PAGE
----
Ronald C. Surdam, director of the Carbon Management Institute (CMI) at the University of Wyoming, may very well hold the key to Wyoming’s future as one of the leading energy producers in the world. Surdam, who was a pioneer in developing new ways to conserve water resources related to coalbed natural gas production in the Powder River Basin, served as a faculty member of the Department of Geology and Geophysics for 32 years, officially retiring in 1998. He received a bachelor’s degree in 1961 and a Ph.D. in 1967, both in geology, from the University of California, Los Angeles, and began his UW career in 1966.
A motivating educator, Surdam demonstrated powerful communication skills with his students. “I thoroughly enjoyed and was inspired through sharing with the students the excitement of their scholarly searches and discoveries, and by observing their evolving and intellectual strengths,” says Surdam. “There is nothing more rewarding than watching a student develop with enthusiasm intellectual power and focus required to excel in one’s chosen profession and life endeavors.”
In addition to teaching geology, Surdam raised about $32 million in research support and held director positions at the Institute of Energy Research (1993-1998) and the Enhanced Oil Recovery Institute (1997-1999). He published more than 200 scientific articles in peer-reviewed journals and books, presented approximately 250 invited lectures, and made more than 200 presentations at national and international scientific meetings. He continues as a prolific researcher with numerous published works. “As a researcher, I would like to be remembered as an earth scientist who was able to substantially reduce uncertainties in a variety of important areas,” Surdam notes.
From 2004 to 2010, Surdam was the director of the Wyoming State Geological Survey, during which time he headed a search for potential carbon sequestration sites that eventually designated the Rock Springs Uplift as a perfect place for carbon sequestration. Rob Hurless, energy policy advisor to former Wyoming Governor Dave Freudenthal, comments, “[Surdam’s] work ethic, visionary perspective, and leadership have been of great benefit to the state of Wyoming.”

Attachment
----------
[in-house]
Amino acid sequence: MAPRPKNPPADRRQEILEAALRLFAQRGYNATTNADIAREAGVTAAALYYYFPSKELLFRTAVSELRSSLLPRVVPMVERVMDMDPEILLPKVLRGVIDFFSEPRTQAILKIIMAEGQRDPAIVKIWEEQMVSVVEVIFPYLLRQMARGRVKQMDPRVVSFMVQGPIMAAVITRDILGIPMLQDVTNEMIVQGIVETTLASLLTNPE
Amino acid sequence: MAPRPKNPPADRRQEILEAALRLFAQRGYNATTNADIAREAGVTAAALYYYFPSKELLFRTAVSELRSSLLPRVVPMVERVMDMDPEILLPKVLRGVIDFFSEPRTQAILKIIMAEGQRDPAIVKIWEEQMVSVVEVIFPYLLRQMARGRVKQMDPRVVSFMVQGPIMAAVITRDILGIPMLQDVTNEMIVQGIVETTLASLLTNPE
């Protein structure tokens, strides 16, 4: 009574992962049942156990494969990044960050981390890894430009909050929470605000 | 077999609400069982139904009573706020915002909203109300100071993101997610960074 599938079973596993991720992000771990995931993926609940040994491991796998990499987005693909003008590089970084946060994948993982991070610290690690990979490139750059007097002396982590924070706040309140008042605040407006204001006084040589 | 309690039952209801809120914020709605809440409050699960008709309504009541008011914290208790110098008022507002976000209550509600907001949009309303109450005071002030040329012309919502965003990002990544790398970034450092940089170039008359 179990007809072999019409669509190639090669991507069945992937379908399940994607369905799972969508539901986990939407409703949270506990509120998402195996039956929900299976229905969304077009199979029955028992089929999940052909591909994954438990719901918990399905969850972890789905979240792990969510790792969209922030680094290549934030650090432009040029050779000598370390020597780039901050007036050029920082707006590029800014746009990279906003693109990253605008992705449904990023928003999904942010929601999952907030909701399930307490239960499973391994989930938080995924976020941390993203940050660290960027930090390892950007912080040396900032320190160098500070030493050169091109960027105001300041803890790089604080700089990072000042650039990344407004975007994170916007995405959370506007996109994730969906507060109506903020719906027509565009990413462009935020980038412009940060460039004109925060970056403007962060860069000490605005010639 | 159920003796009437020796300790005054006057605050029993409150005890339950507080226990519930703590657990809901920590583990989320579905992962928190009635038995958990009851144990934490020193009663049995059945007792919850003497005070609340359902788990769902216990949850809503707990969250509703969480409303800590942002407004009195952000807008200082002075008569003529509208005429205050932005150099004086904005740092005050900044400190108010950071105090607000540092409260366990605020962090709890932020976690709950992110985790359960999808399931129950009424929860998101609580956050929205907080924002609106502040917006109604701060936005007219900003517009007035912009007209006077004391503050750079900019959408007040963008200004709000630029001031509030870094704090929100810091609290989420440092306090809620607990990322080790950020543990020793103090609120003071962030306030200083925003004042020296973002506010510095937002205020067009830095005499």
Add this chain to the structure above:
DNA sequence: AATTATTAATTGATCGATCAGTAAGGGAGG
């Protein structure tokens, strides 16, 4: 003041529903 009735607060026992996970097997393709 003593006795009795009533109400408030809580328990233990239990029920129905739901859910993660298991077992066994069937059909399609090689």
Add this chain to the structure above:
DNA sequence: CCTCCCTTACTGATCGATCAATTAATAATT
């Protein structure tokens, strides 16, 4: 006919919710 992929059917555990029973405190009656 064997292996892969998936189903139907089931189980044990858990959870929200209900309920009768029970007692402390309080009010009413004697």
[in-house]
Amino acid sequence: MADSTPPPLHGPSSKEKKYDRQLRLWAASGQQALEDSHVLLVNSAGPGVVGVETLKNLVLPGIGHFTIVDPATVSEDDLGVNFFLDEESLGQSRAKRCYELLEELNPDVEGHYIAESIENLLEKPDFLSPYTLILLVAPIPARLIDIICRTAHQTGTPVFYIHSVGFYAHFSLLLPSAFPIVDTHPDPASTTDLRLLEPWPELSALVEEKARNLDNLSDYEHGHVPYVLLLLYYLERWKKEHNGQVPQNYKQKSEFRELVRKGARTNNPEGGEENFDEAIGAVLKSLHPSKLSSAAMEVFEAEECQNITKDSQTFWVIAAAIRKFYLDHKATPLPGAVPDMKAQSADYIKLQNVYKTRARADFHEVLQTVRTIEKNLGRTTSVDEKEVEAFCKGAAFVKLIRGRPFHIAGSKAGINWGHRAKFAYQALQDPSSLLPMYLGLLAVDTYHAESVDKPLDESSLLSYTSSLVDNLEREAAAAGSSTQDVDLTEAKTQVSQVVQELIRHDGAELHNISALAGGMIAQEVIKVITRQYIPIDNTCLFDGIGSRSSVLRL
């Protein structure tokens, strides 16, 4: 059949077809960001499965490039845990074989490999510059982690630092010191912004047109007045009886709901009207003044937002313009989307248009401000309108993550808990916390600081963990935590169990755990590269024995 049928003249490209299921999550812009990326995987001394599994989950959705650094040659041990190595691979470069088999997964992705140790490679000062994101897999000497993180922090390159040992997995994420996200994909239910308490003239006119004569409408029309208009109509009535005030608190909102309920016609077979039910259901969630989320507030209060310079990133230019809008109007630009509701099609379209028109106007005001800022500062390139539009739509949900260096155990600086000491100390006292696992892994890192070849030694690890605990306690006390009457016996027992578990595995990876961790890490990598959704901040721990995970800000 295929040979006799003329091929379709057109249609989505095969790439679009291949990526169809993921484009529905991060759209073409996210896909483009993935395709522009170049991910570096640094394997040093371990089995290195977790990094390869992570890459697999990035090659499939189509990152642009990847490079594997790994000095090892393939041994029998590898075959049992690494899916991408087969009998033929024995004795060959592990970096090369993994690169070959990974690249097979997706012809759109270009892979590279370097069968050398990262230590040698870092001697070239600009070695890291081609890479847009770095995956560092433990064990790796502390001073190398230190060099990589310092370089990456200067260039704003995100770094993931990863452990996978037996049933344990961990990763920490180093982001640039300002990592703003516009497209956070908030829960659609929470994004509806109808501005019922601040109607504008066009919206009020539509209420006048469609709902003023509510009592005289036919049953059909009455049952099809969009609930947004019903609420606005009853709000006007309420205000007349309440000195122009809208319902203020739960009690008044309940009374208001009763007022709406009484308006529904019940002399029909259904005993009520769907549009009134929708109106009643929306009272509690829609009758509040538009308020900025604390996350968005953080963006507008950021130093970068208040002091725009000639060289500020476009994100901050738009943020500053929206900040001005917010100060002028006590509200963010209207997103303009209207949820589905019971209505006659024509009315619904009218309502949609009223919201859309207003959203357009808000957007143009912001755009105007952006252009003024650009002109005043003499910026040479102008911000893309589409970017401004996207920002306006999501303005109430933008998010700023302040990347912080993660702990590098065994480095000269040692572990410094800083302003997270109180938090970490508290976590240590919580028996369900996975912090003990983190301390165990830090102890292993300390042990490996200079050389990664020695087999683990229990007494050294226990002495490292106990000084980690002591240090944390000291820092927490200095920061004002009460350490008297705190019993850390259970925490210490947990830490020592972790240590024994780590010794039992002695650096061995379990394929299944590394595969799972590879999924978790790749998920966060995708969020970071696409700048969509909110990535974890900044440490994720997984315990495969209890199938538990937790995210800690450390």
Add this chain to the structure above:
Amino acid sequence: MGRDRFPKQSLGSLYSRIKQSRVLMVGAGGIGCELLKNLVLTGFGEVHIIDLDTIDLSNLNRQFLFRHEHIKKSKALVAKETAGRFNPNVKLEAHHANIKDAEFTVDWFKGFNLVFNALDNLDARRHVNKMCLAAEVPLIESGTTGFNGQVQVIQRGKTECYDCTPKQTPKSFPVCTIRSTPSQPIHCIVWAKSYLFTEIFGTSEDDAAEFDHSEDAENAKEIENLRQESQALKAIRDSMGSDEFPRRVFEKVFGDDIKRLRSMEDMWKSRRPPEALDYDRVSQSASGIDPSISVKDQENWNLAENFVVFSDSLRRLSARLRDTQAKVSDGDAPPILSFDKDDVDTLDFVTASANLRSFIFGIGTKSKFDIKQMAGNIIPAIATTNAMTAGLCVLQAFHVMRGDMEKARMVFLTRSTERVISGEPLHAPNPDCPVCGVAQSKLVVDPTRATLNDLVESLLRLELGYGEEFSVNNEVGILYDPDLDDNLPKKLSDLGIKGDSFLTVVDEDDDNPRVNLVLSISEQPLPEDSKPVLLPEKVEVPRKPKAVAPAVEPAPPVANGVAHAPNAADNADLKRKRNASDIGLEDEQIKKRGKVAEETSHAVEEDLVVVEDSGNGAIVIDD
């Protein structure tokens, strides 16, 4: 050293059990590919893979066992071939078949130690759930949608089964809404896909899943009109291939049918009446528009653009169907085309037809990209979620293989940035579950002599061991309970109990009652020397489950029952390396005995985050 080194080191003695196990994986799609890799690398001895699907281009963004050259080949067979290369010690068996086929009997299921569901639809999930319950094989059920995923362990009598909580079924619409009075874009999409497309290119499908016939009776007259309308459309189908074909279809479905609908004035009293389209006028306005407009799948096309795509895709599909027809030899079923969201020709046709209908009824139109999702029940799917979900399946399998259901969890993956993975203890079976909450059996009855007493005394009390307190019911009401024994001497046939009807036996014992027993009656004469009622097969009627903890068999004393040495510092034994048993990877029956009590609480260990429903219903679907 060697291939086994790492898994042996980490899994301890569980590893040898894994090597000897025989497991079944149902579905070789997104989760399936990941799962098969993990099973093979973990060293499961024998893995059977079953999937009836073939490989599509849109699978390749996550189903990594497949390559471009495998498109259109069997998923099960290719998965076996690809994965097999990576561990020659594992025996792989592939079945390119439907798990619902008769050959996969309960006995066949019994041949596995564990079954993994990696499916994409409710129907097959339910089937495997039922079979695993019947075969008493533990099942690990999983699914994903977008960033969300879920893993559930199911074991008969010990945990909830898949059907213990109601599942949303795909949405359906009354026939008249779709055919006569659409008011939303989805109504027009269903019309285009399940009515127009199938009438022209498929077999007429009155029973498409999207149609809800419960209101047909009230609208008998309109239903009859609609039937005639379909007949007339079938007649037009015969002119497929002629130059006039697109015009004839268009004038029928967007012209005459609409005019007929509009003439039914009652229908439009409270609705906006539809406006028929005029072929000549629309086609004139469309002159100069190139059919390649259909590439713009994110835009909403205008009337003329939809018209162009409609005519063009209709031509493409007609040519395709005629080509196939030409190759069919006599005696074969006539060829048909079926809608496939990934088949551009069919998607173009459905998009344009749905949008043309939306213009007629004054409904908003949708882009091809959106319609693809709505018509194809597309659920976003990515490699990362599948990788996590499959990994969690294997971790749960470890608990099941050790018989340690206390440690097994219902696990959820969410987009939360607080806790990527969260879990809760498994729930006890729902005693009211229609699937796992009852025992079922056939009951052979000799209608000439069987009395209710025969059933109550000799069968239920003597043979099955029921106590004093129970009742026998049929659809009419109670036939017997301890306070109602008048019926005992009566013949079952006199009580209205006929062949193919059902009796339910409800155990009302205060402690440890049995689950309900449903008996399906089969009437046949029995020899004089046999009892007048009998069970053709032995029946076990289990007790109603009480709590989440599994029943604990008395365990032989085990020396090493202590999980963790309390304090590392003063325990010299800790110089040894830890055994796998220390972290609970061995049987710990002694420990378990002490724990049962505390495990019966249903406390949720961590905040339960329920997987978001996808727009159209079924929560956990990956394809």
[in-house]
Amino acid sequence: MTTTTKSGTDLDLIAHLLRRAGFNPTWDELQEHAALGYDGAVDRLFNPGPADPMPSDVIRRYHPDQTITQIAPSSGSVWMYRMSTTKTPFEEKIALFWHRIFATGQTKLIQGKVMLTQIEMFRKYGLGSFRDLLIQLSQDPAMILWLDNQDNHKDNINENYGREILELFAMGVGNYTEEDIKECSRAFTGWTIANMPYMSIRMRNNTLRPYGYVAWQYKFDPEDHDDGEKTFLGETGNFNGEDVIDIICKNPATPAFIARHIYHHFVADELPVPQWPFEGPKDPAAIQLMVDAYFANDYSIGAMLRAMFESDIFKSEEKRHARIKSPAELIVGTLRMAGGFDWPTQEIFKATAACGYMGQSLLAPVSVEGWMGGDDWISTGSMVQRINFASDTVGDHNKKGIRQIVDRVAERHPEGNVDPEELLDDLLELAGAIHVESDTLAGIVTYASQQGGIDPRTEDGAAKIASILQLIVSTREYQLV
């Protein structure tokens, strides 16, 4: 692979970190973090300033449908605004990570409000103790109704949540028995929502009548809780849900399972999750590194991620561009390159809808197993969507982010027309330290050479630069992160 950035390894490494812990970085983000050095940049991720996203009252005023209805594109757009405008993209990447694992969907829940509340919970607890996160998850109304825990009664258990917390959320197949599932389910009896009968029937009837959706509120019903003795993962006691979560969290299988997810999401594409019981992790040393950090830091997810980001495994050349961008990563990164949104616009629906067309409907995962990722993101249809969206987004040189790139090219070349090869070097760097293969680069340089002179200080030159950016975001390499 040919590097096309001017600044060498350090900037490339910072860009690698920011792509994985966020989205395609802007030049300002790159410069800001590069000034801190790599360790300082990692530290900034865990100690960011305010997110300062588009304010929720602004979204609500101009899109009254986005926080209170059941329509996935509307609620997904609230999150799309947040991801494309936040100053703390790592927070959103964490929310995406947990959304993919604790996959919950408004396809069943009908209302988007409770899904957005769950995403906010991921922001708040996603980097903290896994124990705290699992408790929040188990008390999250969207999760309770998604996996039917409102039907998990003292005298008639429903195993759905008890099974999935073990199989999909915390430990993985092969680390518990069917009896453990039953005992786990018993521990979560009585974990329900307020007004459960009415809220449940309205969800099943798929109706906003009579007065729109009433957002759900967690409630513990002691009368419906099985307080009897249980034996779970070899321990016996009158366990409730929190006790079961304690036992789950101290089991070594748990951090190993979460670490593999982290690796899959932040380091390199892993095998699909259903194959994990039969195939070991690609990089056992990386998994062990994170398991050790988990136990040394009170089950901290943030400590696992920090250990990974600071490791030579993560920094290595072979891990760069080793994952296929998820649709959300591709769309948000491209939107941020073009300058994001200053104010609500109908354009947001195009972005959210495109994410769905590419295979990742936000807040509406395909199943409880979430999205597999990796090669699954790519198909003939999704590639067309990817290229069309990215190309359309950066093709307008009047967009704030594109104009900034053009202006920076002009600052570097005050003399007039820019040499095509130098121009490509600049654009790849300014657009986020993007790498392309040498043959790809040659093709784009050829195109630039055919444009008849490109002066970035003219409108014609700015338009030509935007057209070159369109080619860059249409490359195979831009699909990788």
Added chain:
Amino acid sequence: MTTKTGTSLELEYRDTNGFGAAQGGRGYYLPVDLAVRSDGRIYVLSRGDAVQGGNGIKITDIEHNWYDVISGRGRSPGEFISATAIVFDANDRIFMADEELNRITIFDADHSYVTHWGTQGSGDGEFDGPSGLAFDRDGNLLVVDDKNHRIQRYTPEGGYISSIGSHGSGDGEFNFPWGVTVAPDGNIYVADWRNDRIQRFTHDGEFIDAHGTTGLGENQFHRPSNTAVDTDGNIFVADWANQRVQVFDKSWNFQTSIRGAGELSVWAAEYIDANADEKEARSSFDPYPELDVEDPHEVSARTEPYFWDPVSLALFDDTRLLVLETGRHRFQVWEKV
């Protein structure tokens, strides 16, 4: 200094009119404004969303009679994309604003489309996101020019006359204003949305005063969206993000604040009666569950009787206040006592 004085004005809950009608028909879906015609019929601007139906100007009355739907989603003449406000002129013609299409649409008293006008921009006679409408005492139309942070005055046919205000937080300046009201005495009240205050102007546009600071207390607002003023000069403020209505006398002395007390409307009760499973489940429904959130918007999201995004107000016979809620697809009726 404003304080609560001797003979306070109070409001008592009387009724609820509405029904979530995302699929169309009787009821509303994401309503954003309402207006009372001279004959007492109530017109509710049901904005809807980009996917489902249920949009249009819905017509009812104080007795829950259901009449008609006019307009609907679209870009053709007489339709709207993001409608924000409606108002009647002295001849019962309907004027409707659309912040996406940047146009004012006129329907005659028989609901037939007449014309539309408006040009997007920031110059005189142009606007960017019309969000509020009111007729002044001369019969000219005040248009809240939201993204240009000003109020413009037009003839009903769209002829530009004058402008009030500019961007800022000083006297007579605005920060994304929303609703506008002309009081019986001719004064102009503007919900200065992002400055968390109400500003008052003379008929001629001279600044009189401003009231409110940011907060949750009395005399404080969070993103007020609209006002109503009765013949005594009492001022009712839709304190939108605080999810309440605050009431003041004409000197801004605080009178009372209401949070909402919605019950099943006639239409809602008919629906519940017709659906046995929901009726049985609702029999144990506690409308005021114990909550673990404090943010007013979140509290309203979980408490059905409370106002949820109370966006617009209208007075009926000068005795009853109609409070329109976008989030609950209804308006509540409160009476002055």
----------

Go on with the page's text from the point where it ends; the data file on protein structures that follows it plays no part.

Surdam has received several awards, including the President’s Achievement Award, the College of Arts and Sciences Extraordinary Merit in Research award, the Wyoming Geological Association Morgan Memorial award, and the American Association of Petroleum Geologists Distinguished Lecturer award. He held the J.E. Warren Professorship of Energy and Environment at the University of Wyoming and holds concurrent or visiting professorships at Nanjing University, Xian Petroleum University, and Northwestern University, all in China. He is a senior consultant to the Shaanxi Provincial Institute of Energy Resources and Chemical Engineering.
Surdam also has made significant contributions to the state of Wyoming, serving on the Environmental Quality Council and the Wyoming Oil and Gas Conservation Commission. John Corra, director of the state of Wyoming Department of Environmental Quality, notes, “Dr. Surdam is distinguished and highly regarded throughout the minerals industry and his willingness to serve Wyoming and its citizens is exemplary.”
Professor Don Roth, College of Agriculture and Natural Resources, says, “Surdam’s creativity, analytical ability, deep discipline, knowledge, and commitment to the scholarship of teaching and discovery are internationally recognized. This dedication inspires a sense of urgency and commitment to the quality of hard work, and a pride in accomplishments among his colleagues and students.”
Surdam says that he is most proud of his family. He adds, “I am thankful to have spent my career at the University of Wyoming—a fine state university that is strongly supported by its constituents. UW was a great fit for me; it encouraged me by providing the resources and environment to excel, at home and abroad.”